These results raise the question: Why is the plasmonic mode for s < 1 nm, which substantially penetrates the metal (because of nonlocal response), not overdamped through Landau damping? For metals, the strongest confinement normal to the surface is limited by direct excitation of electron-hole pairs (Landau damping), which is accounted for by the nonlocal response function (15). A quantitative analysis of the metallic nonlocal corrections to the dynamic response and damping through the Feibelman parameters (18, 31) revealed that these effects are much stronger for ω approaching ωp. For ω << ωp, the imaginary part of the Feibelman parameters approaches zero as the phase space for electon-hole excitations decreases with ω. However, the real part of the Feibleman parameters does remain finite for ω << ωp, which means that nonlocal effects persist for smaller ω, but damping contributions vanish. Thus, for our experimental conditions (with ω << ωp), the metal nonlocal effects are relevant because the electrons in the metal cannot perfectly screen the field, but the additional damping from electronic excitations in the metal is weak.

In terms of ultimate mode volume limit, a reduction of vertical confinement reduces also the lateral propagating plasmon wavelength (Fig. 1D). Although our experiment discloses the fundamental limits of the vertical mode length of λ0/26,000, it also allows us to estimate the complete mode volume confinement Vp with respect to the volume associated with the extent of the free photons Embedded Image. If instead of an array (as in this work), a single resonant structure (for example, a metal disc on graphene, with a monolayer h-BN spacer) was built with our approach, a vertical mode length down to 0.3 nm and plasmon wavelenth λp = λ0/170 (Fig. 1D) would be attainable, and potentially even smaller λp is possible with twisted bilayer graphene (32). Using these values (for λ0 = 8 μm), which include the full nonlocal response for both graphene and metal, this would correspond to a mode volume of Vp = 664 nm3 and mode volume ratio V0/Vp ≈ 10−9, which is at least two orders of magnitude smaller than reported so far with graphene nanoribbons (20) and sufficiently small to explore new regimes of light-matter interactions, such as the ultrastrong coupling regime.

Our results show that 2D-material heterostructures can be considered as a powerful toolbox for nanophotonics with vertical subnanometer precision. In general, patterned metals in the vicinity of van der Waals heterostructures do strongly influence the Coulomb interactions, collective excitations, and even the electronic band structure, which proves itself as an exciting platform for designing novel quantum and topological phenomena. The metallic structure can also be used as a nearby efficient gate (7) and provides a route to applications such as molecular sensing with even higher resolution, to enhance nonlinear effects, or to design photodetectors with plasmon-enhanced sensitivity and tunability.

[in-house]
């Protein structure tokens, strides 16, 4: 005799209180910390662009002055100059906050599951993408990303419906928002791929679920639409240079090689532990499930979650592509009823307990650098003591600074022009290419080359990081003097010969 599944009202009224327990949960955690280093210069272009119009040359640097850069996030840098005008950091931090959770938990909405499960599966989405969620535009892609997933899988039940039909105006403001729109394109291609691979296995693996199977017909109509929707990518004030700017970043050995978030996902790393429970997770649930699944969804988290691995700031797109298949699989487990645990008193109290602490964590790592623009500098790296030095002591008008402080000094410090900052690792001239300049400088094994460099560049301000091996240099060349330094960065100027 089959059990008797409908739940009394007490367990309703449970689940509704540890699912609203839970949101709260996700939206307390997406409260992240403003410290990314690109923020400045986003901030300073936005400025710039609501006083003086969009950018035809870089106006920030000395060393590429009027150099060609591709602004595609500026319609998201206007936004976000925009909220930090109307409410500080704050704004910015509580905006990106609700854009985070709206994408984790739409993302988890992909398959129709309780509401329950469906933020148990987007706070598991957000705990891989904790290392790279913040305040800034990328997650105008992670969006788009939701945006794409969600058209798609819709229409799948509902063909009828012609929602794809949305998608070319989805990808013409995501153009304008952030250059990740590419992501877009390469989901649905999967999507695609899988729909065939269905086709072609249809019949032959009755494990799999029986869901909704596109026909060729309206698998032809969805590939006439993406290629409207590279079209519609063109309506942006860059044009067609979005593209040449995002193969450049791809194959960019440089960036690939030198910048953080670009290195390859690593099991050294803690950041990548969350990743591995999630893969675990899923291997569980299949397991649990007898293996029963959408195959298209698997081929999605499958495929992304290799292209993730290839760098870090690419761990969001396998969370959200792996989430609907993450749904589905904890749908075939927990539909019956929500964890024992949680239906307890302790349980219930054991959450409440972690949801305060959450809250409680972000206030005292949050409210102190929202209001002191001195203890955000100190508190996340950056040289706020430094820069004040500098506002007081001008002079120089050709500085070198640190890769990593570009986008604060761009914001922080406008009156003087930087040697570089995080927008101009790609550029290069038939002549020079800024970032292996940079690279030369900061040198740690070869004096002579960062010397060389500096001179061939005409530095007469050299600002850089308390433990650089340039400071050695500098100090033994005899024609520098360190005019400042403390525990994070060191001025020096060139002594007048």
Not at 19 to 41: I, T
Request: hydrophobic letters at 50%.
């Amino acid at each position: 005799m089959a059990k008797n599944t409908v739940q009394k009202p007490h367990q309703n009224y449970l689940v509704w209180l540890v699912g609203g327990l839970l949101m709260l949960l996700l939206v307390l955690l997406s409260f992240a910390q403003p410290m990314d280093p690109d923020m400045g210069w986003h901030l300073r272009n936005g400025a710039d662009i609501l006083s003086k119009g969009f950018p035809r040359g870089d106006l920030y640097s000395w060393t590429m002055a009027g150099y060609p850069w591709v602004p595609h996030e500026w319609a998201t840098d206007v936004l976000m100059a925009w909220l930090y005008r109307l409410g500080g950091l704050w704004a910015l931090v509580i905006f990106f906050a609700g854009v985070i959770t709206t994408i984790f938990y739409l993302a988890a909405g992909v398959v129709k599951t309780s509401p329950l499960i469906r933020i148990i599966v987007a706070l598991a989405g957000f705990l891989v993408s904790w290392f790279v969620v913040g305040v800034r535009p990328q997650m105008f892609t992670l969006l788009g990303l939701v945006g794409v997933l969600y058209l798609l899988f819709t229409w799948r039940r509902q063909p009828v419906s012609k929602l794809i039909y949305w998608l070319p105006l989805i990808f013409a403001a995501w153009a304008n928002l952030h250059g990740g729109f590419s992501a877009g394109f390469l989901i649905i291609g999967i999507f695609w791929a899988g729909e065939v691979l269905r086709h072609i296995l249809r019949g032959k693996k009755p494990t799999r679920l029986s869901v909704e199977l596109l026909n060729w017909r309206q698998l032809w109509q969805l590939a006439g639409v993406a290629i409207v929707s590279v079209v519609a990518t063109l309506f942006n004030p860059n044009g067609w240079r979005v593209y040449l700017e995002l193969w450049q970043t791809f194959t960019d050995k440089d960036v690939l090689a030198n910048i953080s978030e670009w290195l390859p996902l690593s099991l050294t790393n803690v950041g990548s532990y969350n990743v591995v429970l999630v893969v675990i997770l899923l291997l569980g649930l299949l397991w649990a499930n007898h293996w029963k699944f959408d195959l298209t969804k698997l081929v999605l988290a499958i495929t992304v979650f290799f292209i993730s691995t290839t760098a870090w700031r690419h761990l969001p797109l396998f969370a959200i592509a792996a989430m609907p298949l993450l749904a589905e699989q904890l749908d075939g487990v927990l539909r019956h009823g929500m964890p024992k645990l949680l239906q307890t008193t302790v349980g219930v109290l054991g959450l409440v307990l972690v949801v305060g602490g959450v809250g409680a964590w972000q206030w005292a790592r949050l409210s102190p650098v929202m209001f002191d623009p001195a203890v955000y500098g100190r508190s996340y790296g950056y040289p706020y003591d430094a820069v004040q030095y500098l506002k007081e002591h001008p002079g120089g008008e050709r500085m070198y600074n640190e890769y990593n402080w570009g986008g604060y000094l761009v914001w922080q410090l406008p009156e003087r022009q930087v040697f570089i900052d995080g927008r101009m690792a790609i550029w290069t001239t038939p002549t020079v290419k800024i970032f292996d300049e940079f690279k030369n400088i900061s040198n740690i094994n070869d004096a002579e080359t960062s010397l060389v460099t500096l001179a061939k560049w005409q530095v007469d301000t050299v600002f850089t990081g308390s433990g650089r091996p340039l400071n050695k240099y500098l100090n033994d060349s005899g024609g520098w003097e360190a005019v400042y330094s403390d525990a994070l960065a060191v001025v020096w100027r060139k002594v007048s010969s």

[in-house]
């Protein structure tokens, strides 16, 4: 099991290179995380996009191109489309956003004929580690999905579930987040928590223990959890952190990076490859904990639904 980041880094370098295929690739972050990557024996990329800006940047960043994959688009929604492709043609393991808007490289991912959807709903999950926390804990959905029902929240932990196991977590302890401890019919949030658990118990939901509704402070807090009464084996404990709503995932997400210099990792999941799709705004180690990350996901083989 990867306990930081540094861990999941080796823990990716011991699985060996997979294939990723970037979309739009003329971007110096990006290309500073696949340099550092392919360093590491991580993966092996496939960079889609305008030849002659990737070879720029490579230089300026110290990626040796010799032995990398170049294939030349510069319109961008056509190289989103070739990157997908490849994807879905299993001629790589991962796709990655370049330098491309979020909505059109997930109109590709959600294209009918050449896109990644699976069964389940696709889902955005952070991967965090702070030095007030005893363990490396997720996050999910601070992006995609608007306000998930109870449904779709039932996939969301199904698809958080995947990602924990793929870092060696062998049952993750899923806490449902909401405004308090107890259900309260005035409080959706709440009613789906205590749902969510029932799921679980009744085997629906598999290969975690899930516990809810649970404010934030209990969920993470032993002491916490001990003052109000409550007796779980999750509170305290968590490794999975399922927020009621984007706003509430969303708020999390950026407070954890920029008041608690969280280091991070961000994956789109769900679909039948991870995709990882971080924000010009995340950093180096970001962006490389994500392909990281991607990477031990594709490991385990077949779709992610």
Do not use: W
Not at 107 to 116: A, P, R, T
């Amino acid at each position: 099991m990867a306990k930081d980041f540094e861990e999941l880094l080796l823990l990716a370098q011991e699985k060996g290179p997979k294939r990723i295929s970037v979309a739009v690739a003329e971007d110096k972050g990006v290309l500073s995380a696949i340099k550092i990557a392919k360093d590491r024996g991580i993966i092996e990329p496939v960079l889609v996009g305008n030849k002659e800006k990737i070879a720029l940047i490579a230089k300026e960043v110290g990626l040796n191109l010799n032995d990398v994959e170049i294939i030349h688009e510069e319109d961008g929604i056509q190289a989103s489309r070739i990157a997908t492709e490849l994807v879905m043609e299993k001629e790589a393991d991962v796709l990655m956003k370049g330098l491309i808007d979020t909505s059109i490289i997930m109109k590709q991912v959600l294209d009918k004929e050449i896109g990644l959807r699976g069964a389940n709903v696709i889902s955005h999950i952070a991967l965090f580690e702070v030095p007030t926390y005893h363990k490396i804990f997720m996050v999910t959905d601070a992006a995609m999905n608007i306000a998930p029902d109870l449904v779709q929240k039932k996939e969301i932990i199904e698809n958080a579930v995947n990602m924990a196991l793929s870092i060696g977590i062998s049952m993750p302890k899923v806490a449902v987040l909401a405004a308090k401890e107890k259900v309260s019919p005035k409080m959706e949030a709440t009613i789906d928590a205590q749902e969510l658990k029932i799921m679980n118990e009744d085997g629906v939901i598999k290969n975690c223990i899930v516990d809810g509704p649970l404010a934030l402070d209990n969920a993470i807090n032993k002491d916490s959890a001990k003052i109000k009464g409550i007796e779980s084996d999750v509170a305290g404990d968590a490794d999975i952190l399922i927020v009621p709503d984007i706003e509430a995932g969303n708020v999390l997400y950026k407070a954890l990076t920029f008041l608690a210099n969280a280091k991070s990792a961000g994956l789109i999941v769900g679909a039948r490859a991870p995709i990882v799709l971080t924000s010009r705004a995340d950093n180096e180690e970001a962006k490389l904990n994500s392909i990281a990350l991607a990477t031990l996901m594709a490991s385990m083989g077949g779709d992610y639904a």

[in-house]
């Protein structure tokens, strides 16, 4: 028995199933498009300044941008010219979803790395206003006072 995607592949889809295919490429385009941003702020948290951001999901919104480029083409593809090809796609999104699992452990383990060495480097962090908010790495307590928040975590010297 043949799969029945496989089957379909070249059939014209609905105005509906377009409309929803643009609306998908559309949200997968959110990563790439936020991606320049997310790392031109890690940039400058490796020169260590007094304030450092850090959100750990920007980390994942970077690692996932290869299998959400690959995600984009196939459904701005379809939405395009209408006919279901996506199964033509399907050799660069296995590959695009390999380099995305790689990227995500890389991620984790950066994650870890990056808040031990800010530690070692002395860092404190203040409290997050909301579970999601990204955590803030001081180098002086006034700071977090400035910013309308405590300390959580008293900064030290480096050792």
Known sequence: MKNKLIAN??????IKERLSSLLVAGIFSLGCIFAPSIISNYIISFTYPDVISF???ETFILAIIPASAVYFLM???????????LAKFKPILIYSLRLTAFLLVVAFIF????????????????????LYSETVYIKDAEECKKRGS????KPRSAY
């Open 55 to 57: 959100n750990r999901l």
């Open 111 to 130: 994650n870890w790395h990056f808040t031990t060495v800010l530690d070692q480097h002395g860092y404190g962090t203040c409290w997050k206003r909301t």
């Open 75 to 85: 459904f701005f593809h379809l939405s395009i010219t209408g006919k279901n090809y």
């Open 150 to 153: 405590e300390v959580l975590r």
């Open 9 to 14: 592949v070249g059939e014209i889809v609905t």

Supplementary Materials

Materials and Methods

Supplementary Text

Figs. S1 to S17

References (3347)

References and Notes

  1. Materials and methods are available as supplementary materials.
Acknowledgments: The authors thank G. Konstantatos and V. Pruneri for the intensive use of their respective FTIRs and are grateful for very insightful discussions with M. Polini, T. Christensen, A. Mortenson, and J. Aizpurua on nonlocal effects and with A. Woessner on simulation and modeling of graphene acoustic plasmons modes. Funding: We acknowledge financial support from the Spanish Ministry of Economy and Competitiveness, through the Severo Ochoa Programme for Centres of Excellence in R&D (grant SEV-2015-0522), and support by Fundacio Cellex Barcelona, the Mineco grants Ramon y Cajal (grant RYC-2012-12281), Plan Nacional (grants FIS2013-47161-P and FIS2014-59639-JIN), and the government of Catalonia through the SGR grant (2014-SGR-1535). Furthermore, the research leading to these results has received funding from the European Union H2020 Programme under grant agreement 604391 Graphene Flagship, the European Research Council starting grant (307806, CarbonLight), and project GRASP (FP7-ICT-2013-613024-GRASP). D.A.I. acknowledges the FPI grant BES-2014-068504. N.M.R.P. and E.J.C.D acknowledge support from the Portuguese Foundation for Science and Technology (FCT) in the framework of the Strategic Financing UID/FIS/04650/2013. This work was supported in part by the Center for Excitonics, an Energy Frontier Research Center funded by the U.S. Department of Energy, Office of Science, Office of Basic Energy Sciences, under award DE-SC0001088, and the Army Research Office (grant 16112776). J.-Y.H. and J.K. acknowledge support from the U.S. Air Force Office of Scientific Research Foldable and Adaptive 2D Electronics Multidisciplinary University Research Initiative, grant FA9550-15-1-0514. Author contributions: F.H.L.K, D.A.I., and S.N. conceived the idea; E.J.C.D and N.M.R.P. developed the analytical model; S.N., C.P., J.O., D.K.E., and D.A.I. fabricated the devices; S.N., R.P., and D.A.I. performed measurements; D.A.I., M.B.L., I.E., and S.N. performed data analysis; J.-Y.H. and J.K. provided h-BN; D.A.I., S.N., E.J.C.D., N.M.R.P, I.E., D.K.E., and F.H.L.K wrote the manuscript; and D.R.E. and F.H.L.K. supervised the project. Competing interests: None of the authors have competing interests. Data and materials availability: All data needed to evaluate the conclusions in the paper are present in the paper and/or the supplementary materials.